Artist Spotlight: Randy Ortiz

One of the things I love most about teaching is seeing how students incorporate things they’ve learned at the studio in their own work. The best of them seem to employ the concepts and methods we teach in a way that is both familiar and novel at the same time.

Since we’ve begun teaching online, we've been able to witness this effect even more. One of the more notable recent examples can be found in the work of Canadian artist Randy Ortiz.

I first saw one of Randy’s drawings on Facebook. It was a punchy, contrasty portrait sketch with super-dark darks that practically leapt off the screen. What I noticed right away about the drawing was how graphically decisive it was. The large structures of the head and face were clearly expressed, and the implied angle of view was consistent throughout.

This isn’t as common as one might think, and it made me want to know more about this Randy Ortiz person. After digging a little deeper online I found more drawings like the first one that caught my eye, and discovered that not only had he taken our online portrait drawing course, but was actively telling others how helpful he found the experience. After contacting him to congratulate him on his work, I discovered that he's a really nice guy, too.

Perhaps what I like best about Randy's work is that it's well-drawn without trying to be "pretty". Realist artists can easily fall into a kind of trap, where we focus so intently on the difficult business of making an illusionistic image that we fail to pay enough attention to content. The result is pictures that look beautiful, but have little to say. Randy doesn't have this problem. His imagery is dark, imaginative, and weird – which I mean in the best possible sense of being unpredictable and a little unsettling. I'm always eager to see new work from him because I know it will surprise me somehow, and I love that.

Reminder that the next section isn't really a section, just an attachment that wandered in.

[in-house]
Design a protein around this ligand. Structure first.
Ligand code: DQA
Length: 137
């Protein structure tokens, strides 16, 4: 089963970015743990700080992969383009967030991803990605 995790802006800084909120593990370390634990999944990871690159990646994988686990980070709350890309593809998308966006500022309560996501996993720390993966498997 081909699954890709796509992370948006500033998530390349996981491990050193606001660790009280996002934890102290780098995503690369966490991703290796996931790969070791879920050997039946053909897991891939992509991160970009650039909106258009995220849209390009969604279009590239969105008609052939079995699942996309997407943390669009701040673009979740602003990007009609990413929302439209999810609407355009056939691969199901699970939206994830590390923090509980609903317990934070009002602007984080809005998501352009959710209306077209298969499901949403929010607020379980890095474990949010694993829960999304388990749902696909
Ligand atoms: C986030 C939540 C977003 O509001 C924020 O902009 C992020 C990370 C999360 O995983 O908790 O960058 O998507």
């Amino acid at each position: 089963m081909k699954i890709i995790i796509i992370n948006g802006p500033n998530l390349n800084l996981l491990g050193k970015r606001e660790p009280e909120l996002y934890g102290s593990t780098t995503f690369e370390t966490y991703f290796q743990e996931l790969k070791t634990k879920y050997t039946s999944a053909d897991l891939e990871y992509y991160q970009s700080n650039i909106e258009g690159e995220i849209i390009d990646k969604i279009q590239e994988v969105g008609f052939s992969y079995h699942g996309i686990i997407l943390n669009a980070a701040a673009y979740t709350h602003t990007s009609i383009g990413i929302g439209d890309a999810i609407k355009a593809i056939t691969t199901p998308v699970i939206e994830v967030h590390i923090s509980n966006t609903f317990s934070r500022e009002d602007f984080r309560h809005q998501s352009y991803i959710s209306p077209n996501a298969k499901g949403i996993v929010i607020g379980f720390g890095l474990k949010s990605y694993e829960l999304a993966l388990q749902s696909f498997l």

I contacted Randy because I wanted to know more about him and his work. He agreed to an interview so I can share what he has to say with our whole community. Thanks, Randy!  I look forward to seeing what you do next.

DJ: Why do you draw? In other words, why make art and not do something else?

RO: Drawing is something that just feels natural to me. I need to do it or I’ll go crazy, whether I make a living on it or not.

DJ: You seem to focus on drawing almost exclusively (unless I’m missing something). Why not painting? (One of my favorite drawing teachers turned away from painting early in his career, and it was always interesting hear why. His take was that there was nothing he wanted to say as an artist that couldn’t be said through drawing – for him, the added complexity of painting was unnecessary.)

RO: My work over the years has been pretty compartmental. I started off mostly using pen and ink for many years, then crossing over to digital (mostly to accommodate a smooth process for all the screen printing work I would do), then landing where I am now with charcoal/graphite. It’s basically a long, drawn out learning process for me at the moment which will eventually lead to experimenting more with oil painting in the future. I don't know why I’m not doing it all at the same time, perhaps it’s the fear of spreading myself too thin, but I prefer to take what I’ve learned in previous practices and mediums and see what I can do with it in the next. (A few days after typing this, I started experimenting with paints and so far it’s been a really fun learning experience.)

DJ: Part of what I really like about your work is that it’s symbolically rich. Where does that subject matter come from? What are you responding to?